This is an appeal by the defendant from a judgment granting a divorce to the plaintiff on the ground of intolerable cruelty. Three separate grounds of jurisdiction were alleged in the complaint, two of which are within the express provisions of General Statutes, § 5286, as amended by Chapter 227 of the Public Acts of 1923, and the third was held by the trial court to be within the fair implications of another of the grounds of jurisdiction named in this section. Manifestly, the finding fails to support the two which are within the express terms of the statute. The trial court assumed jurisdiction upon the third ground, that alleged in paragraph third of the complaint, that "the plaintiff removed into this State on or about November 5th, 1924, and has resided continuously therein since said date, and cause of divorce as set forth in this complaint arose after said removal."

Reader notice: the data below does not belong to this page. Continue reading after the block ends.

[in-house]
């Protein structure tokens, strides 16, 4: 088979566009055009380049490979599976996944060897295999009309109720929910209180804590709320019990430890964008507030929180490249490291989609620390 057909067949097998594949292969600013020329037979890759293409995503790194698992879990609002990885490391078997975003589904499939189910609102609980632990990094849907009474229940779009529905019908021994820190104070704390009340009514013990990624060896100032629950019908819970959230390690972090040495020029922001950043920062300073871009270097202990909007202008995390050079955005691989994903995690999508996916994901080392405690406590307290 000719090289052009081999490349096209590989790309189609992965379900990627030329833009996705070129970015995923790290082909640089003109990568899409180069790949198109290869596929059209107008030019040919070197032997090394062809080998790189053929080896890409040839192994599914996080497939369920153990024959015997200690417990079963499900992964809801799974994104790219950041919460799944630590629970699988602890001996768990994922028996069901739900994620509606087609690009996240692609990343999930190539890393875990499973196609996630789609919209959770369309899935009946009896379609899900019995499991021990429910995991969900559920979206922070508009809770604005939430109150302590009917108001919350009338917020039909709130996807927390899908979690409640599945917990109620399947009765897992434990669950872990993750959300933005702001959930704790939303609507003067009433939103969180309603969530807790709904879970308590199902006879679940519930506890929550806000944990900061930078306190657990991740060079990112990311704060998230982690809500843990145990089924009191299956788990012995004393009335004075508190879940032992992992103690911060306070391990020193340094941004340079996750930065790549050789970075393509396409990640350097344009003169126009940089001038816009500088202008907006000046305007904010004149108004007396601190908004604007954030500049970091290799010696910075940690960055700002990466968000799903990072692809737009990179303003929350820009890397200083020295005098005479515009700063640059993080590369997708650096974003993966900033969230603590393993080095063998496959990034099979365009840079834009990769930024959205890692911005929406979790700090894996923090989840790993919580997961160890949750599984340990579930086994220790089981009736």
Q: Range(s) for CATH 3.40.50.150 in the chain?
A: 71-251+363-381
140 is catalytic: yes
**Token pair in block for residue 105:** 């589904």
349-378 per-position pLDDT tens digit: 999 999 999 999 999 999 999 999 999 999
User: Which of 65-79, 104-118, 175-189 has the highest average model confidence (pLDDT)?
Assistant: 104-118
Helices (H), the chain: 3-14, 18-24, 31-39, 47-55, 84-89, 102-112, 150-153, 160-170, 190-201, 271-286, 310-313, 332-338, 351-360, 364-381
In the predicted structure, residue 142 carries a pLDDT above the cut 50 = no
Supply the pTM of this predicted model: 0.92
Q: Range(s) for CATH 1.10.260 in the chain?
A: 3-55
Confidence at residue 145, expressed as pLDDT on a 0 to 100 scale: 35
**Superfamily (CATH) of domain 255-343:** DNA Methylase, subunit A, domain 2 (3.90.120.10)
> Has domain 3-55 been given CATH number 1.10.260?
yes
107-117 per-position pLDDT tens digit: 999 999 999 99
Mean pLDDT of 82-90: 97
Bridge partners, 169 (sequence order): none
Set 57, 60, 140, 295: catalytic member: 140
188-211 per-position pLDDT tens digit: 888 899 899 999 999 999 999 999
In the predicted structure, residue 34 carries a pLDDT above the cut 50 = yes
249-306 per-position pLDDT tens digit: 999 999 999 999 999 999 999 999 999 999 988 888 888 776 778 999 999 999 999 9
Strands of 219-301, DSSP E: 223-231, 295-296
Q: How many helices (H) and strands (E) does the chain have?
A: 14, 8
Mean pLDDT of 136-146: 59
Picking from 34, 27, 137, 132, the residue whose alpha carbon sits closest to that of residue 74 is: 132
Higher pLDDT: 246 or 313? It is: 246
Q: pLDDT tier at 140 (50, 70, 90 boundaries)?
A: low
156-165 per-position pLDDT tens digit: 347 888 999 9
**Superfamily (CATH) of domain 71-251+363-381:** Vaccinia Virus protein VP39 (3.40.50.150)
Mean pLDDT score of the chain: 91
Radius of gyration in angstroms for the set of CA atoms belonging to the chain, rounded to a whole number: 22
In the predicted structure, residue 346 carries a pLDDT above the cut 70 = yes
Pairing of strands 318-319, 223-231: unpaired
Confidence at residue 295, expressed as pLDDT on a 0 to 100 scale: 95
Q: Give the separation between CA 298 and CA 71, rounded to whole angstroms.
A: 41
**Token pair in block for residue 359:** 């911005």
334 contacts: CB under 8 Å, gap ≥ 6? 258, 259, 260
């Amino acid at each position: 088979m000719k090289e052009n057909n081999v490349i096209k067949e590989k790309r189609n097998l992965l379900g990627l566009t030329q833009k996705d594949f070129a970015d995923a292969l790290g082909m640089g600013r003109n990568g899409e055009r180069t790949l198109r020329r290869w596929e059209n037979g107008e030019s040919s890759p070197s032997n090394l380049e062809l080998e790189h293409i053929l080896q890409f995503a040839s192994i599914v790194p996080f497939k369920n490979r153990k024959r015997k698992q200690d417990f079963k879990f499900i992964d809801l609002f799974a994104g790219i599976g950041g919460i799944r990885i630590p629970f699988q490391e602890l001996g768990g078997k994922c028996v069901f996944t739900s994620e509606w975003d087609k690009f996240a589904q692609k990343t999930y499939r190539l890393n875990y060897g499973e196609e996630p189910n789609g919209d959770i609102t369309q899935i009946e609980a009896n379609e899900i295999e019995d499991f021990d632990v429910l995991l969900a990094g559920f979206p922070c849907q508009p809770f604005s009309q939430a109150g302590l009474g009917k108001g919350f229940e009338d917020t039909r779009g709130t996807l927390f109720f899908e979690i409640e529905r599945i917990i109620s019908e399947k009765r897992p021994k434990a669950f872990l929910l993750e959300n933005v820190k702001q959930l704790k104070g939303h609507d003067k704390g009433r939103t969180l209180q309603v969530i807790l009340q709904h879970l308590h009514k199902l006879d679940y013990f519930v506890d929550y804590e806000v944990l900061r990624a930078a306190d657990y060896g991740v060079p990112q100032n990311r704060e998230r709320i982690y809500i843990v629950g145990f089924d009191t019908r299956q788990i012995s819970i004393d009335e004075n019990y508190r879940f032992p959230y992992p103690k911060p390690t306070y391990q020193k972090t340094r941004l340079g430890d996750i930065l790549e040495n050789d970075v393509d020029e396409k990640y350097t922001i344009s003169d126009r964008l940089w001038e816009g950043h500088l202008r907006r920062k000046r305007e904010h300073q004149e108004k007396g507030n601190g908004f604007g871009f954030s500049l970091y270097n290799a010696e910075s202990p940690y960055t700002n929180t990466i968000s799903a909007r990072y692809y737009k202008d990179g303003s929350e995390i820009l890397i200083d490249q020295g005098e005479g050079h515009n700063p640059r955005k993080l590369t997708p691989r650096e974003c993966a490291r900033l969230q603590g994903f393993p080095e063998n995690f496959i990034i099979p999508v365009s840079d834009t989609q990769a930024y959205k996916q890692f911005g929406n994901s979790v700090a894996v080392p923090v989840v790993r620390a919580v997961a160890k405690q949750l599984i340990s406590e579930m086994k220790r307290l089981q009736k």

The provision of Chapter 227 of the Public Acts of 1923, upon which the trial court relied to support the ground of divorce thus alleged, is as follows: "If the plaintiff shall not have continuously resided in this State three years next before the date of the complaint, it shall be dismissed unless the cause of divorce shall have arisen subsequently to the removal into this State." The Superior Court thus has jurisdiction to grant a divorce to one for a cause of divorce which has arisen subsequently to his removal into this State. The statute does not specify whether the applicant be a resident of, or domiciled within, the State, nor what duration of residence shall be sufficient. If mere residence would suffice, a week or even a day would suffice. There is nothing in the statute to require the period or any part of the period (five months) during which plaintiff is alleged to have continuously resided in this State. A mere residence, whether continuing five months, more or less, would then be sufficient to give our court jurisdiction of an action for divorce which arose after the applicant removed into this State. Our court was early called upon to determine what would give a court jurisdiction for such a cause of divorce. In Sawtell v. Sawtell, 17 Conn. 284, 287, we said: "If the parties both become inhabitants of this State, having their domicil here, and then the husband becomes habitually intemperate, treats his wife with intolerable cruelty, or commits adultery a divorce may be granted, although there has not been a residence of three years within this State." In the recent case of Morgan v. Morgan, 103 Conn. 189, 195, 130 A. 254, we said: "It is also almost universally recognized as a prerequisite to jurisdiction of divorce that one of the parties should be domiciled in the forum at the time when the action is commenced. In the absence of a statute expressly dispensing with that necessity, no court of one of our United States would be likely to assume jurisdiction to alter the marital status of a husband and wife, who were domiciled in another sovereign State." Of a divorce obtained in South Dakota, we said: "Domicil on the part of the plaintiff was a necessary condition precedent to the jurisdiction of the court, since the situation presented no other feature capable of furnishing jurisdiction of the res, to wit, the existing marriage status." Gildersleeve v. Gildersleeve, 88 Conn. 689, 692, 92 A. 684. Domicil may be acquired without a prolonged residence. Morgan v. Morgan, 103 Conn. 189, 130 A. 254. Two conditions must obtain in order to establish a domicil, an actual residence coupled with the intention to make the place of residence one's home, that is, his established or permanent place of abode. McDonald v. Hartford Trust Co., 104 Conn. 169, 177-180, inclusive, 132 A. 902. The intention may be found by the trial court, or it may be a necessary inference from the facts found of a "residence . . . so permanent as to exclude the existence of an intention to make a domicil elsewhere, and so permanent as to exclude an existing intention to return" to the former domicil. Hartford v. Champion, 58 Conn. 268, 276, 20 A. 471. Sometimes we find courts have used residence with the meaning of domicil as was shown by the context. It was thus used in Gildersleeve v. Gildersleeve, 88 Conn. 689, 692, 92 A. 684.